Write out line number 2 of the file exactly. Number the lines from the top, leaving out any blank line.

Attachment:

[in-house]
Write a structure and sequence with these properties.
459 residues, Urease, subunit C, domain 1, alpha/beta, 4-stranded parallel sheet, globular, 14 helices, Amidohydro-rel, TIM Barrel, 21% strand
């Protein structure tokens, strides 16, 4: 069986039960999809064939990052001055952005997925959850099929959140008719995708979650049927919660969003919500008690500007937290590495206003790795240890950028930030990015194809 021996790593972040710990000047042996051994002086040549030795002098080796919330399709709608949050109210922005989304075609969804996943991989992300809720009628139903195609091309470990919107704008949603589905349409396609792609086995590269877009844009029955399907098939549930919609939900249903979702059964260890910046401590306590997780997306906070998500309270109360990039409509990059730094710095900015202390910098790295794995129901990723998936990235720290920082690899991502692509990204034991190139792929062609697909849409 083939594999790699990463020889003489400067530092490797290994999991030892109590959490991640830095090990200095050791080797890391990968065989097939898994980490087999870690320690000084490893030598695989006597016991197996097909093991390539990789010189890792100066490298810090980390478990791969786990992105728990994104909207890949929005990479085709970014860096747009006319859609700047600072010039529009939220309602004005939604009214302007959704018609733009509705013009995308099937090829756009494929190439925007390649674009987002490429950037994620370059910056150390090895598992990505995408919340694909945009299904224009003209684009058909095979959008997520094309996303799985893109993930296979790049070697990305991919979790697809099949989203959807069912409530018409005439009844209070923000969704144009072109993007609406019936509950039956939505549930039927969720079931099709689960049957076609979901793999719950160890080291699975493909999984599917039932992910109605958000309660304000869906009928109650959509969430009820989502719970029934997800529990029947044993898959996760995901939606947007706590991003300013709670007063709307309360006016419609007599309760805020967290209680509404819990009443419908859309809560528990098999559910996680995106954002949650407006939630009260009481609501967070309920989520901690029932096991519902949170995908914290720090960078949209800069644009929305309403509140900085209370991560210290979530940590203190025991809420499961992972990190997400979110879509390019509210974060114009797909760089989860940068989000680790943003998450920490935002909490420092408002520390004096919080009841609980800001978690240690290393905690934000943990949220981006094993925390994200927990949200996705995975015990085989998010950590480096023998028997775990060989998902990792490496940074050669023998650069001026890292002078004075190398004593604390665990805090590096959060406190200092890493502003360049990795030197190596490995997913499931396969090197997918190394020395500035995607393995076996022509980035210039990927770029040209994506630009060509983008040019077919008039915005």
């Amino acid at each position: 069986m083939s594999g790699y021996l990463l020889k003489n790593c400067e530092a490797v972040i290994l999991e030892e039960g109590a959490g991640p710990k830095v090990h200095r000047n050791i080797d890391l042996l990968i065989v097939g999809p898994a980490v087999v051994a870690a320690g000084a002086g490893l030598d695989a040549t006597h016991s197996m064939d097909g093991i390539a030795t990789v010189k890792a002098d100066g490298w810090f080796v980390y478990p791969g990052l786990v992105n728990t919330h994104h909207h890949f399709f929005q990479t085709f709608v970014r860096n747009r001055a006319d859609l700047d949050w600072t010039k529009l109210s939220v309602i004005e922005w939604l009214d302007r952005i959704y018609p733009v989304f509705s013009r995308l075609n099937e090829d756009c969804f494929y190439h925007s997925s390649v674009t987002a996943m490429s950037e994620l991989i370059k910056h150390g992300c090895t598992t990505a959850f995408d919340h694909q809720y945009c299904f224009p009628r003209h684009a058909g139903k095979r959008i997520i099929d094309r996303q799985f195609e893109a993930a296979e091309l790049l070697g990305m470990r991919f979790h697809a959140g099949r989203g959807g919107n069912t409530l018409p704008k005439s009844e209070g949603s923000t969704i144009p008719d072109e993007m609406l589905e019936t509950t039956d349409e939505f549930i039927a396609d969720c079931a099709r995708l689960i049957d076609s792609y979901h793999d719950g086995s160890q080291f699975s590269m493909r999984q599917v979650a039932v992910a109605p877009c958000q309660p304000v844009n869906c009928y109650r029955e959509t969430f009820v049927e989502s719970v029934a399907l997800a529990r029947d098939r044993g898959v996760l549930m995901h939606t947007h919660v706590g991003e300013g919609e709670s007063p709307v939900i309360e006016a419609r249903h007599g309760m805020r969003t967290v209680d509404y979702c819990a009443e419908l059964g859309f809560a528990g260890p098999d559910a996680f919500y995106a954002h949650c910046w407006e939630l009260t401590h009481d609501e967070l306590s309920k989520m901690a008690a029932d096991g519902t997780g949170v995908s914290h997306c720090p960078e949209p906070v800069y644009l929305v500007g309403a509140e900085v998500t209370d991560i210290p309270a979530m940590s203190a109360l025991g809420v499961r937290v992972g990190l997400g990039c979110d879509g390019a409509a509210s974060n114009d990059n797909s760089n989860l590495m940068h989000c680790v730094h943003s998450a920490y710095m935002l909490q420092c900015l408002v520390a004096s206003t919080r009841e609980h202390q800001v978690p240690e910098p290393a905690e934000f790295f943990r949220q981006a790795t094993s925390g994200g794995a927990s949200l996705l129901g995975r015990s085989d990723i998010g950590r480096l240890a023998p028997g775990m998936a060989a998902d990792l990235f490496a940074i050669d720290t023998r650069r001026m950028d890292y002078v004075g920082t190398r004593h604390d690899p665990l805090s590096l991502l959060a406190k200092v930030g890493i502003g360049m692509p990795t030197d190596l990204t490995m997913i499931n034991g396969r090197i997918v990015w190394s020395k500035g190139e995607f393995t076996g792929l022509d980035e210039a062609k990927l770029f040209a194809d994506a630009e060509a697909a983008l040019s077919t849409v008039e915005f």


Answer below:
Write a structure and sequence with these properties.